House bill restricts troop reduction

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House bill restricts troop reduction

The U.S. House of Representatives passed a defense authorization bill on Thursday that restricts any reduction of American troops in South Korea.

The John S. McCain National Defense Authorization Act, which allocates $716 billion to defense for fiscal year 2019, passed the House by a vote of 359-54. Upon Senate approval, it will be sent to U.S. President Donald Trump to sign into law.

The bill notes that the 28,500 American troops currently stationed in South Korea are a demonstration of the United States’ commitment to the bilateral alliance. Their “significant removal” is “a non-negotiable item as it relates to the complete, verifiable, and irreversible denuclearization” of North Korea, the bill reads under a section describing the Sense of Senate on U.S. forces in Korea.

In a conference report accompanying the legislation, Congress also prohibits the funds from being used to reduce the troop figure below 22,000 without certification from the secretary of defense. “Such a reduction is in the national security interest of the United States and will not significantly undermine the security of United States allies in the region,” the report reads.

The secretary will also need to certify that he has “appropriately consulted with allies of the United States, including the Republic of Korea and Japan, regarding such a reduction.”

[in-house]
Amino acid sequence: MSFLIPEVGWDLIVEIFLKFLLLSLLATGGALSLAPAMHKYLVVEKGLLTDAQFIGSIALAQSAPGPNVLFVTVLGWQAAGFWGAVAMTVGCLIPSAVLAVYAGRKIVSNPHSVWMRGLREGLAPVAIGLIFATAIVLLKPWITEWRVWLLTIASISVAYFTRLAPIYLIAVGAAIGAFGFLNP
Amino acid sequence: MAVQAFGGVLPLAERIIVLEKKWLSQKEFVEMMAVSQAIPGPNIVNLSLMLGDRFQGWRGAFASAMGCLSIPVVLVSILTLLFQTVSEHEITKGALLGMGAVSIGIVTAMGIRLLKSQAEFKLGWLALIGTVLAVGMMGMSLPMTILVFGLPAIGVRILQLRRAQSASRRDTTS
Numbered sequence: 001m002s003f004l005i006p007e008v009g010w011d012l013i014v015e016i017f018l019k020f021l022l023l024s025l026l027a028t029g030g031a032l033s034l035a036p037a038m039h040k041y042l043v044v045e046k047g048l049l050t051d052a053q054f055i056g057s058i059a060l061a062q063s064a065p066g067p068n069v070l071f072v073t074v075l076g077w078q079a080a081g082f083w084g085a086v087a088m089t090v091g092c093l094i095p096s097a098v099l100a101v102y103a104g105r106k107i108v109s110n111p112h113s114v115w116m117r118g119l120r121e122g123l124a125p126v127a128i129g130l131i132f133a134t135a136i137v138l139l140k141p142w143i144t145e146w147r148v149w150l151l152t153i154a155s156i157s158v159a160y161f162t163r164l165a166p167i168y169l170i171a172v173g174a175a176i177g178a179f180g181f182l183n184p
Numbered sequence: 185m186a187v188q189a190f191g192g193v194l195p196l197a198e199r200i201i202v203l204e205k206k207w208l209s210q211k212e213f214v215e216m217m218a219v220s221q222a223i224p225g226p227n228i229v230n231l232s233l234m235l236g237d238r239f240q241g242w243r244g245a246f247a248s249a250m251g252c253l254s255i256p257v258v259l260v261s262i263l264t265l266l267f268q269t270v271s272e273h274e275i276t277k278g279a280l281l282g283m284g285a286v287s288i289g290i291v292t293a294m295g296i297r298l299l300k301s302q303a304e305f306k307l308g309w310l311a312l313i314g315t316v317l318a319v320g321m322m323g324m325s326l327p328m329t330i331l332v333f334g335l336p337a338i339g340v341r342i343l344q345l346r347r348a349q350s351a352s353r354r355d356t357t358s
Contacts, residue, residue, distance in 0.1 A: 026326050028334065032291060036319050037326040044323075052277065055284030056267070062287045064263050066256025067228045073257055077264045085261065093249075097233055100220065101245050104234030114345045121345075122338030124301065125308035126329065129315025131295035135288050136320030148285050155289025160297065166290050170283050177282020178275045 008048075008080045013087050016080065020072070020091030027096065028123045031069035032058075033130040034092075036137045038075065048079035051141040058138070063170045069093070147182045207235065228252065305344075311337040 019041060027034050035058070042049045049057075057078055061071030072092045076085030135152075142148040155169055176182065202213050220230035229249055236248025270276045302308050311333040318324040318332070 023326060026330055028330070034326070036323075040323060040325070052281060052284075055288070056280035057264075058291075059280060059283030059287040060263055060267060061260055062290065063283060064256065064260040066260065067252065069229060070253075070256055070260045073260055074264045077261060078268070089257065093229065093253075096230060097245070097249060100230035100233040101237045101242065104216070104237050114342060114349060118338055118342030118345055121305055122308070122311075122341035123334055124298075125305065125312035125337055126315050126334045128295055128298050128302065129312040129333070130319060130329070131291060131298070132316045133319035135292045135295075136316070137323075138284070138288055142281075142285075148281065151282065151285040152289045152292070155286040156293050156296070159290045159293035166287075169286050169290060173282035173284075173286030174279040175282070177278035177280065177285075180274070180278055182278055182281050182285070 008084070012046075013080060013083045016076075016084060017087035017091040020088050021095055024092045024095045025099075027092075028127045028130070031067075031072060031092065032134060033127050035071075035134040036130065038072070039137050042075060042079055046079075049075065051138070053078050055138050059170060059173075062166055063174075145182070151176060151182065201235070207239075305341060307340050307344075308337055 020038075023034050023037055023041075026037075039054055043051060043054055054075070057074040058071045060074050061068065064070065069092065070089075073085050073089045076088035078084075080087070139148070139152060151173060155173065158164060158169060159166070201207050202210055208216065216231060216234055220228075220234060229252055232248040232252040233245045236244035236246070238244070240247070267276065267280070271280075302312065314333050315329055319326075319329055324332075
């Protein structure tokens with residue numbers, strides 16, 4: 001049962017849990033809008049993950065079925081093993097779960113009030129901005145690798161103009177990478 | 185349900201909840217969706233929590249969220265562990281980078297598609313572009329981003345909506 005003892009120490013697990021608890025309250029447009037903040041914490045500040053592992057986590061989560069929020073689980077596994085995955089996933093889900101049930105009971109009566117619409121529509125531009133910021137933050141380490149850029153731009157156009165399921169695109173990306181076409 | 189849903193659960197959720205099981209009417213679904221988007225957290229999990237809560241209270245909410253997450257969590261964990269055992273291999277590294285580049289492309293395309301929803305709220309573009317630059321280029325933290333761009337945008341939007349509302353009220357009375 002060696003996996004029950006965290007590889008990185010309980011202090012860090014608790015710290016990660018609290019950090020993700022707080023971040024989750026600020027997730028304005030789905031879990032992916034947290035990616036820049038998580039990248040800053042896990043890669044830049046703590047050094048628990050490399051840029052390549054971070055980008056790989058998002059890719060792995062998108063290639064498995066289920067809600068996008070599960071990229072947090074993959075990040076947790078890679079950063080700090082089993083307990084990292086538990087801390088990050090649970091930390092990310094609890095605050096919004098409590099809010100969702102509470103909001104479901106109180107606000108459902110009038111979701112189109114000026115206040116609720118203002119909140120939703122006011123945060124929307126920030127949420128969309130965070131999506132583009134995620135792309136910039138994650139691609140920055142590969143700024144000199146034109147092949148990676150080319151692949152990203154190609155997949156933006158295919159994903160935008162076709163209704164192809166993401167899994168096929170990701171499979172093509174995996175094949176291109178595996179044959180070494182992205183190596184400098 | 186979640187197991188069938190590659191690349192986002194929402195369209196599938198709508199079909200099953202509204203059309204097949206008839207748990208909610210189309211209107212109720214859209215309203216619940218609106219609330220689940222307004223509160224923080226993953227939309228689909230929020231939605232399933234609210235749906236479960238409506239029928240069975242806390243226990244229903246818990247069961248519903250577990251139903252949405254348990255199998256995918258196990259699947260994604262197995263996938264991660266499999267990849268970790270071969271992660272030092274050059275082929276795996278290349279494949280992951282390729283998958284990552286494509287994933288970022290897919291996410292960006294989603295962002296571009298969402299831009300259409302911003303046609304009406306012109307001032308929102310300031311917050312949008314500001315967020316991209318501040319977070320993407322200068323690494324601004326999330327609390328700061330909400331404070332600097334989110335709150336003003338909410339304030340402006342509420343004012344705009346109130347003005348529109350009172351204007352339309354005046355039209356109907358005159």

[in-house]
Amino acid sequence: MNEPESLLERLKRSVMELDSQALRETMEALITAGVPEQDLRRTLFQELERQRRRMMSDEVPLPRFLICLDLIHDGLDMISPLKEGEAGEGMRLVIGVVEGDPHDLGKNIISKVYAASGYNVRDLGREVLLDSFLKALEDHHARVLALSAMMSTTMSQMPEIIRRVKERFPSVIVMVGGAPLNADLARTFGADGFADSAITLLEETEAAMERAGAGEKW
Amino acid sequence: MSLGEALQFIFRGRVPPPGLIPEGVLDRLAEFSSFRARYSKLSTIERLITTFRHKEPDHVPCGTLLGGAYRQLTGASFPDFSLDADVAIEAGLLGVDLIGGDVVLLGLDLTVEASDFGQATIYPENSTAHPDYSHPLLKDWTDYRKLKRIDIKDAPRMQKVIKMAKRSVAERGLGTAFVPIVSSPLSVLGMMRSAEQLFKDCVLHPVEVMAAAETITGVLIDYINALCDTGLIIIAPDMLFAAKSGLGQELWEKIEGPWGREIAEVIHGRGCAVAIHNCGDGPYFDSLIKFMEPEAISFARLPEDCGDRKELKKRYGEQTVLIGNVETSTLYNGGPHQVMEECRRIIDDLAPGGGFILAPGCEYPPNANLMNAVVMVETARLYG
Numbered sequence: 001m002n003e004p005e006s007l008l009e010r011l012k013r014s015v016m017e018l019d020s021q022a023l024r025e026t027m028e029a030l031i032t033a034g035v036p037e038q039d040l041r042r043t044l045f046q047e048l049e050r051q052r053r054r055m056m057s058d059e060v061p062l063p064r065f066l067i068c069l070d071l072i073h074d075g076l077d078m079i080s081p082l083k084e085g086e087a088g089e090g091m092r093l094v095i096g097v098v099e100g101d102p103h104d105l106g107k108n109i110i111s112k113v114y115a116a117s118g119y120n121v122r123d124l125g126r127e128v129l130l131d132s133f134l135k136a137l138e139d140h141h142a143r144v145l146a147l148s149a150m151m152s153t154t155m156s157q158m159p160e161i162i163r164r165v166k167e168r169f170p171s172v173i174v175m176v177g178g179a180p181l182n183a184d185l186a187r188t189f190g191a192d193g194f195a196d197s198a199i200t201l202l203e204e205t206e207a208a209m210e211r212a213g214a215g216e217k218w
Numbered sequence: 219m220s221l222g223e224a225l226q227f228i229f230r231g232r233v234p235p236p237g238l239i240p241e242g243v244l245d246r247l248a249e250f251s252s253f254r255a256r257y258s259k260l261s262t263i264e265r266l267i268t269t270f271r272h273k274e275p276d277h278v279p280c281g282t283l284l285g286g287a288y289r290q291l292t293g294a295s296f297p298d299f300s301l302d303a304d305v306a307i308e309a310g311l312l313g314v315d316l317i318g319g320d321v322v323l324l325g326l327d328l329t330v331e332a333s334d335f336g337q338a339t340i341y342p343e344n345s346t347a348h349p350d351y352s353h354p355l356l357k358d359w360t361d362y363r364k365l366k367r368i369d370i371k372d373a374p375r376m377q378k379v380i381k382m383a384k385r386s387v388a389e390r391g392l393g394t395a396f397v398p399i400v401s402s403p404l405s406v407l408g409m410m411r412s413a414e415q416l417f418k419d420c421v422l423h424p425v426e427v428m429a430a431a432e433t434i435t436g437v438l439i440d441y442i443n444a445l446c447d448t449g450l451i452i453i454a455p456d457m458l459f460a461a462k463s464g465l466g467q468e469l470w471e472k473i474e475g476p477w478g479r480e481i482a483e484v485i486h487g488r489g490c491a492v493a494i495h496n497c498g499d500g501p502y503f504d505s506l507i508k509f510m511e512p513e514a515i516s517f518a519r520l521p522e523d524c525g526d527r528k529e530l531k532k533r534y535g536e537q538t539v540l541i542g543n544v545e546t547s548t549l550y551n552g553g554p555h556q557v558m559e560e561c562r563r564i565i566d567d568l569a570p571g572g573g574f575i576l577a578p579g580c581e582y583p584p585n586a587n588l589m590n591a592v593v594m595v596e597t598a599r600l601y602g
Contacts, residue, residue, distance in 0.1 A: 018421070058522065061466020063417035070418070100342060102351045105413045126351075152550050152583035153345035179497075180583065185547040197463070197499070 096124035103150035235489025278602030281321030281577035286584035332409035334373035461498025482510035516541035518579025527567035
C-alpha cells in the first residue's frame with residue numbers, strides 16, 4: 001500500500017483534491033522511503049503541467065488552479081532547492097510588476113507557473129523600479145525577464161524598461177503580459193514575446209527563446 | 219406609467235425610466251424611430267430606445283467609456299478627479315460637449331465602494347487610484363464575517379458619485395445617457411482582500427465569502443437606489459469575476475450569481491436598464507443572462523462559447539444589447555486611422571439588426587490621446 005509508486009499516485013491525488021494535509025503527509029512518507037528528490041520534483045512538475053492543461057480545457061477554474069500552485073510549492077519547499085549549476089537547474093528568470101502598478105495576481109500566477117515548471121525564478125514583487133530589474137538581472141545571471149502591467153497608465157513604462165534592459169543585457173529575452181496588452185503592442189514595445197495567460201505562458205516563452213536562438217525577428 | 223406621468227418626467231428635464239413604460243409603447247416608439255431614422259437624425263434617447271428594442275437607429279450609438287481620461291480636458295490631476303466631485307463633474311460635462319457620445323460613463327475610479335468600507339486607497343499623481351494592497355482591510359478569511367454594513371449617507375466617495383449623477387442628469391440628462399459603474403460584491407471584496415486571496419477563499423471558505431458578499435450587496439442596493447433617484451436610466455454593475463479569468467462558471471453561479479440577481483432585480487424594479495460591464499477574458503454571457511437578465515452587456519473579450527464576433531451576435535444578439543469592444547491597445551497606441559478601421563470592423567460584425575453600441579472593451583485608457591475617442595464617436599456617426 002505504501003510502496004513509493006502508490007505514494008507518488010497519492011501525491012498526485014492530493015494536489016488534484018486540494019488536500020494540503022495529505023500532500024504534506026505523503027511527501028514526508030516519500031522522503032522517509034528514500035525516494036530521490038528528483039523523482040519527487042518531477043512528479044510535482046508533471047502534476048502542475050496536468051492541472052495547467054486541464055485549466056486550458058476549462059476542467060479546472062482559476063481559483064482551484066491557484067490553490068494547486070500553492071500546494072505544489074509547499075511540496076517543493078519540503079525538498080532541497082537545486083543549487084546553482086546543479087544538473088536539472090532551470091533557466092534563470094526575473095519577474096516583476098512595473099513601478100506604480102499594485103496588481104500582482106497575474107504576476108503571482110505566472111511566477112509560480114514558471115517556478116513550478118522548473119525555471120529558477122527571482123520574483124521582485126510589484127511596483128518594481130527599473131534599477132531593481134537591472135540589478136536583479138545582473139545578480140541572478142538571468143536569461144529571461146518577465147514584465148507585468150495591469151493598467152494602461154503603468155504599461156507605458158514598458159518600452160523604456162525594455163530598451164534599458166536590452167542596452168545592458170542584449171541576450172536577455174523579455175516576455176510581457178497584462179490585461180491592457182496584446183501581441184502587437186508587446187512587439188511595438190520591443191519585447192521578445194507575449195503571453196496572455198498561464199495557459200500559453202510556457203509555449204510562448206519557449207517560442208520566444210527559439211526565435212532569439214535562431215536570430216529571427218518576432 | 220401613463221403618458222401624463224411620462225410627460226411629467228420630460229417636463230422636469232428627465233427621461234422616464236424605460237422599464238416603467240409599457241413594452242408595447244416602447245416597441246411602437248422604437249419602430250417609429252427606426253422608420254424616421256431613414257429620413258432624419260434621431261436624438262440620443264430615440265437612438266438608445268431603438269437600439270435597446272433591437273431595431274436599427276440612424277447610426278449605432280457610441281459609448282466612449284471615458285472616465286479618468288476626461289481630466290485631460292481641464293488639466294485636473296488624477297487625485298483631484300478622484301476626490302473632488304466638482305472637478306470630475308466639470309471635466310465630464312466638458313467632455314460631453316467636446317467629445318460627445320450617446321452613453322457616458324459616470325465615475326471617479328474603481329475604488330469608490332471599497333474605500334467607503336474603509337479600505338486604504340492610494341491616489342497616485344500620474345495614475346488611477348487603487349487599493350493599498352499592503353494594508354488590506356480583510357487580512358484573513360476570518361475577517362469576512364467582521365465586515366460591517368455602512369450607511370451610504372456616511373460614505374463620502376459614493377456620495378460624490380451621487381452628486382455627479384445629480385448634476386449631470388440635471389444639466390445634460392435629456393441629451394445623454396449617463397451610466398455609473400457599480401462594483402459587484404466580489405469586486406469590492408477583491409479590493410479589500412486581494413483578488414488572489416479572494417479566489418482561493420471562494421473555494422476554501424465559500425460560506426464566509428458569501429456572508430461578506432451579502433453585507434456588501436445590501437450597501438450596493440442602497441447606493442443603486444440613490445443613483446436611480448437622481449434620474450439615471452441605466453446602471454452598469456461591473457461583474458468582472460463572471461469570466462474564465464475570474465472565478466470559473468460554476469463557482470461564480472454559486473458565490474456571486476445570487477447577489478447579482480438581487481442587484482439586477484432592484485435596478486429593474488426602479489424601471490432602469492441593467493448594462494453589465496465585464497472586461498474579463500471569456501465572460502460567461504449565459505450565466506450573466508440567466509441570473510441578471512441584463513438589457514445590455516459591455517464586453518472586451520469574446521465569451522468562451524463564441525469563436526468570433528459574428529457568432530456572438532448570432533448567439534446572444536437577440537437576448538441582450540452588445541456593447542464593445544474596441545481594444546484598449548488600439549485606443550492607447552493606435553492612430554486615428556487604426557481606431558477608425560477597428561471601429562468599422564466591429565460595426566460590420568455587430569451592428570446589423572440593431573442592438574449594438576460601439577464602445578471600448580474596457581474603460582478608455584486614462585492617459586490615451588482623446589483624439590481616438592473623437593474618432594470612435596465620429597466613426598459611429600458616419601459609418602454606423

The restriction comes as Trump has repeatedly indicated a willingness to eventually pull out American forces from South Korea. Critics say such a move would play into the hands of China and North Korea, which both wish to see U.S. troops removed from near their borders.

On Thursday, U.S. Vice President Mike Pence called out North Korea for its persecution of Christians and other human rights abuses. Pence has been an outspoken critic of Pyongyang even as the two countries seek to resolve their standoff over the North’s nuclear weapons and ballistic missiles.

“While we all hope that relations between the United States and North Korea continue to improve - and we certainly hope that the threat posed by North Korea’s nuclear and ballistic weapons program can be eliminated - there is no escaping the plain fact that North Korea’s leadership has exacted unparalleled privation and cruelty upon its people for decades,” Pence said at the inaugural Ministerial to Advance Religious Freedom hosted by the U.S. State Department.

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